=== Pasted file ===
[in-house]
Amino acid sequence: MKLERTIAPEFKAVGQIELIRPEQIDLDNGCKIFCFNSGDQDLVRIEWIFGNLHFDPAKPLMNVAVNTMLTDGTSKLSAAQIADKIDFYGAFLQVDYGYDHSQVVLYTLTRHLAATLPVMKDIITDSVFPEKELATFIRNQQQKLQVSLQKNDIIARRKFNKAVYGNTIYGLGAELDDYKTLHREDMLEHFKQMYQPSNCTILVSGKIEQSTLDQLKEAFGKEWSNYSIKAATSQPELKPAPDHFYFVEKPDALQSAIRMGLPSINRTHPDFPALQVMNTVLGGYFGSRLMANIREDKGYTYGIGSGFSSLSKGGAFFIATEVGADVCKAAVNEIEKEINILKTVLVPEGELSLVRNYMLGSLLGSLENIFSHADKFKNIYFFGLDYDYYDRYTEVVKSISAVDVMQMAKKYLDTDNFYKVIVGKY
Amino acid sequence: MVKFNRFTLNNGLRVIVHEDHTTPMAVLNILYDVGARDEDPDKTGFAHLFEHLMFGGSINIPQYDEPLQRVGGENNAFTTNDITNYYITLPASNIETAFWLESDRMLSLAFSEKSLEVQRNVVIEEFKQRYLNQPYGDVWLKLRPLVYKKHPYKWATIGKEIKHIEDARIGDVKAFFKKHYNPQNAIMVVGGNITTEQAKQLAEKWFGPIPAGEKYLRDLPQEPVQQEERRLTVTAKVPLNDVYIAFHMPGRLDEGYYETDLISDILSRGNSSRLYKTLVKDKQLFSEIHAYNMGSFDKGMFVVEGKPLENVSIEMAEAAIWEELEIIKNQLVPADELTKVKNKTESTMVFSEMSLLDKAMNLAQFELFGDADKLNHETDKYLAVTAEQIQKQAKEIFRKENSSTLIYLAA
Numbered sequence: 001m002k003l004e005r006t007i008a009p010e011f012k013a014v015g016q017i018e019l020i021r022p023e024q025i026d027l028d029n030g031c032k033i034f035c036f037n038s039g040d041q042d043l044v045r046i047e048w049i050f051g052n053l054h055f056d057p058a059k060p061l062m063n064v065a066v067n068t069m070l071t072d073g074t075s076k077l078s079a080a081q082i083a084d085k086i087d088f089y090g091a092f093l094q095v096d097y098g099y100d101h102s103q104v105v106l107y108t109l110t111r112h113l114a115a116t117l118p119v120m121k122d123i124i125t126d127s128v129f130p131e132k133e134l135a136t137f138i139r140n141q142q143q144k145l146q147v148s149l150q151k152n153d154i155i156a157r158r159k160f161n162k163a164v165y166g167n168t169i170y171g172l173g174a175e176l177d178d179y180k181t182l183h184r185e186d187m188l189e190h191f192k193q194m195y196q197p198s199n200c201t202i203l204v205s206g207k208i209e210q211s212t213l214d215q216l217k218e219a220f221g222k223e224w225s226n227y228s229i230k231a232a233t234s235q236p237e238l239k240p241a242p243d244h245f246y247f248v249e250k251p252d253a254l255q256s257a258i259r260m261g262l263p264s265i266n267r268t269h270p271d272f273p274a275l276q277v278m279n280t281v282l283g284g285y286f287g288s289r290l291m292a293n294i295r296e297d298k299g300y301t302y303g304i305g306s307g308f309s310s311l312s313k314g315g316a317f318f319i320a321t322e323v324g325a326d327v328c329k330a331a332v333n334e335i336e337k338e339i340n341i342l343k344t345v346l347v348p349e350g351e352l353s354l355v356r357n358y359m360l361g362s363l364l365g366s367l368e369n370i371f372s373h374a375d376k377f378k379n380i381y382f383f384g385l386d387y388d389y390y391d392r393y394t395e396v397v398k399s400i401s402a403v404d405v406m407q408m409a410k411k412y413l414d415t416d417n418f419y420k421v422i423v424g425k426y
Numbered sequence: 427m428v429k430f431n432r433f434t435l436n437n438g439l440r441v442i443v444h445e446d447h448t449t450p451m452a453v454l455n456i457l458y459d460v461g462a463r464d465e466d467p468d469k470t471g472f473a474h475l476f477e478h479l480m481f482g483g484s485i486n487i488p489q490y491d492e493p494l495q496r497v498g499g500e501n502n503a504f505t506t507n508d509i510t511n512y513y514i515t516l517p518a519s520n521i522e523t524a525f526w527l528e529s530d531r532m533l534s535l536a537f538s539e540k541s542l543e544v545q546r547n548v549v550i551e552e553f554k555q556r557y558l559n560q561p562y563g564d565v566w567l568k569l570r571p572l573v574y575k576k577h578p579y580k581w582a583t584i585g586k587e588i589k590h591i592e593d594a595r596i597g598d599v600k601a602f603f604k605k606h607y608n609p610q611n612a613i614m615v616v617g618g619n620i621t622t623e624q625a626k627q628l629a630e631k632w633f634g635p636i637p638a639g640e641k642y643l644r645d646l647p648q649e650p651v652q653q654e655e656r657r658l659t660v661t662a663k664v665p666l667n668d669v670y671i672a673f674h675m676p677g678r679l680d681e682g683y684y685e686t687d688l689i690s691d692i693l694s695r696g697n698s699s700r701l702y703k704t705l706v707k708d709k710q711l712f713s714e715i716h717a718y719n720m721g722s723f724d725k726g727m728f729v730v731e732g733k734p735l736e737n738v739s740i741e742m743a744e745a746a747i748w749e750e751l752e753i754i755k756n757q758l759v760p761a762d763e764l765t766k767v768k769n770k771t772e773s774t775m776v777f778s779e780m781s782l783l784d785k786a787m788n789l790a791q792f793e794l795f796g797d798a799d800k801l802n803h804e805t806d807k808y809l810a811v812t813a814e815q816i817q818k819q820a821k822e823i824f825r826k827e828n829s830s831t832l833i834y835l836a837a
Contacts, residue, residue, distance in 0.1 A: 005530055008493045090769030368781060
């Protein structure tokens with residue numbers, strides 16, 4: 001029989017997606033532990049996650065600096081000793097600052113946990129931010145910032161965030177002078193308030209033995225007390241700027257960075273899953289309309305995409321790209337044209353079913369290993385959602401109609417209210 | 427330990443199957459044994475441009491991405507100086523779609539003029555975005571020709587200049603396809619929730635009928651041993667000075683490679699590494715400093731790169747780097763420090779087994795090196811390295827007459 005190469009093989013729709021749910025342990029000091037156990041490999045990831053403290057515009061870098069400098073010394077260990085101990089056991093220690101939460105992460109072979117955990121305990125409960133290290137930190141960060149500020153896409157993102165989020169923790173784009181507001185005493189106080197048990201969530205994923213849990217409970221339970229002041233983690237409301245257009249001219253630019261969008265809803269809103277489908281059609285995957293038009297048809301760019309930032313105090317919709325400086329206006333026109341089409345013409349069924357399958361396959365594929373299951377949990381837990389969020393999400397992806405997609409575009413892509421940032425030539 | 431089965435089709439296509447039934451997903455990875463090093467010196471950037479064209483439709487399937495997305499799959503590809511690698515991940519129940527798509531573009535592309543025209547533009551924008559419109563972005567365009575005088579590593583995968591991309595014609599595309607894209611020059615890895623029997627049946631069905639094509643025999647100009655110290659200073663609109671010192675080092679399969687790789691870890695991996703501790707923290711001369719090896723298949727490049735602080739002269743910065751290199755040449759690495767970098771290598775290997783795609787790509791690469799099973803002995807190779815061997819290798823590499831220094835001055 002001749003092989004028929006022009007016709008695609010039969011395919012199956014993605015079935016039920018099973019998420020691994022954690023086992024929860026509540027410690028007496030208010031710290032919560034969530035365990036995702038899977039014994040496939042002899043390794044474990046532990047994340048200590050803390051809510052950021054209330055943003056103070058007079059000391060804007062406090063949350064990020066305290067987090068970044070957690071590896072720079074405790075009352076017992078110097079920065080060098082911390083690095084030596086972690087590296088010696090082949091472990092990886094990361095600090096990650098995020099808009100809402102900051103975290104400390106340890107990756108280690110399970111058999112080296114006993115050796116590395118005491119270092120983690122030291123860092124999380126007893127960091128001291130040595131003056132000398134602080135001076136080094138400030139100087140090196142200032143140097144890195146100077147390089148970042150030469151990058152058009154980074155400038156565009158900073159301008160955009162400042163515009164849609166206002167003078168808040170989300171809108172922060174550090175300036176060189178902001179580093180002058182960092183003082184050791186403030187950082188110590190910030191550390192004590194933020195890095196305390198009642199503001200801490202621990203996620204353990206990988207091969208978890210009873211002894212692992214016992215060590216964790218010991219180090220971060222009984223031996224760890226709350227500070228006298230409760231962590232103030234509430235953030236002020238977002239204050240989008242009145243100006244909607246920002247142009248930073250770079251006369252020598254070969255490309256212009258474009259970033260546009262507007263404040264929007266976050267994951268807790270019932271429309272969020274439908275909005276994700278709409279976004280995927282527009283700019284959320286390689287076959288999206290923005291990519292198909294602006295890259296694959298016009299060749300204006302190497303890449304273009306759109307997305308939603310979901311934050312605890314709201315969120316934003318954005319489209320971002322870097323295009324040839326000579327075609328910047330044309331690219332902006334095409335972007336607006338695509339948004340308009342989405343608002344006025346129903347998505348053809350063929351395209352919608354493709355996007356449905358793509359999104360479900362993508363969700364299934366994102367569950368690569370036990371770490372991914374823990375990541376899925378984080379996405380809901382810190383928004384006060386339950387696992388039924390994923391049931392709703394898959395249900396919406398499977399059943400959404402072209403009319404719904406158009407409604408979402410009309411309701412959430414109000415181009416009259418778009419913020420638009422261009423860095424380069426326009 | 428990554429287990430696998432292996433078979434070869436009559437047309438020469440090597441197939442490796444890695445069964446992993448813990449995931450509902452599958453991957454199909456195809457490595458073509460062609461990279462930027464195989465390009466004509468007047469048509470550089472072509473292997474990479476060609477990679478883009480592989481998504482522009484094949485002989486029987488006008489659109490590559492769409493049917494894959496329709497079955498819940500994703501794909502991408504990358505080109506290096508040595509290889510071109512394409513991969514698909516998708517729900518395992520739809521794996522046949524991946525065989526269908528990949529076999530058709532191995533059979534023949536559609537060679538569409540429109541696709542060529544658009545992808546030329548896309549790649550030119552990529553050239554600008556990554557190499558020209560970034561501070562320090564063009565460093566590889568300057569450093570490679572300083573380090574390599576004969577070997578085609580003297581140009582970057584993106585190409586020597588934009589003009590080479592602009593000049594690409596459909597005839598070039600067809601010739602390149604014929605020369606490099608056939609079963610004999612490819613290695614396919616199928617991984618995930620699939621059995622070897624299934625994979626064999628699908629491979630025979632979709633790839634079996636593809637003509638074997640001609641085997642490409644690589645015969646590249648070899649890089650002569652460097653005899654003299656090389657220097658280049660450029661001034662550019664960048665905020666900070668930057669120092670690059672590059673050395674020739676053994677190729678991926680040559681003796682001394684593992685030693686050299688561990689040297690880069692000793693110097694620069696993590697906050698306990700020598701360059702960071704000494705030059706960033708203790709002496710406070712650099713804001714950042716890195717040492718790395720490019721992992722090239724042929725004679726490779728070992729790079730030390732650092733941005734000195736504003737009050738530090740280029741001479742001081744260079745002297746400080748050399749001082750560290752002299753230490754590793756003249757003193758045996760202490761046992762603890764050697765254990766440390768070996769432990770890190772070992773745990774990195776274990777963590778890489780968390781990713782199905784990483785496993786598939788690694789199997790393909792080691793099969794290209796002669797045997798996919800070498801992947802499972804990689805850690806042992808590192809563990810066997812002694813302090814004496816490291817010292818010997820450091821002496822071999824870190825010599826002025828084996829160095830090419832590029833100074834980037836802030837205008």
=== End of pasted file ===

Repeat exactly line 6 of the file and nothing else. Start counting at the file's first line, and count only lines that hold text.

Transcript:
Contacts, residue, residue, distance in 0.1 A: 005530055008493045090769030368781060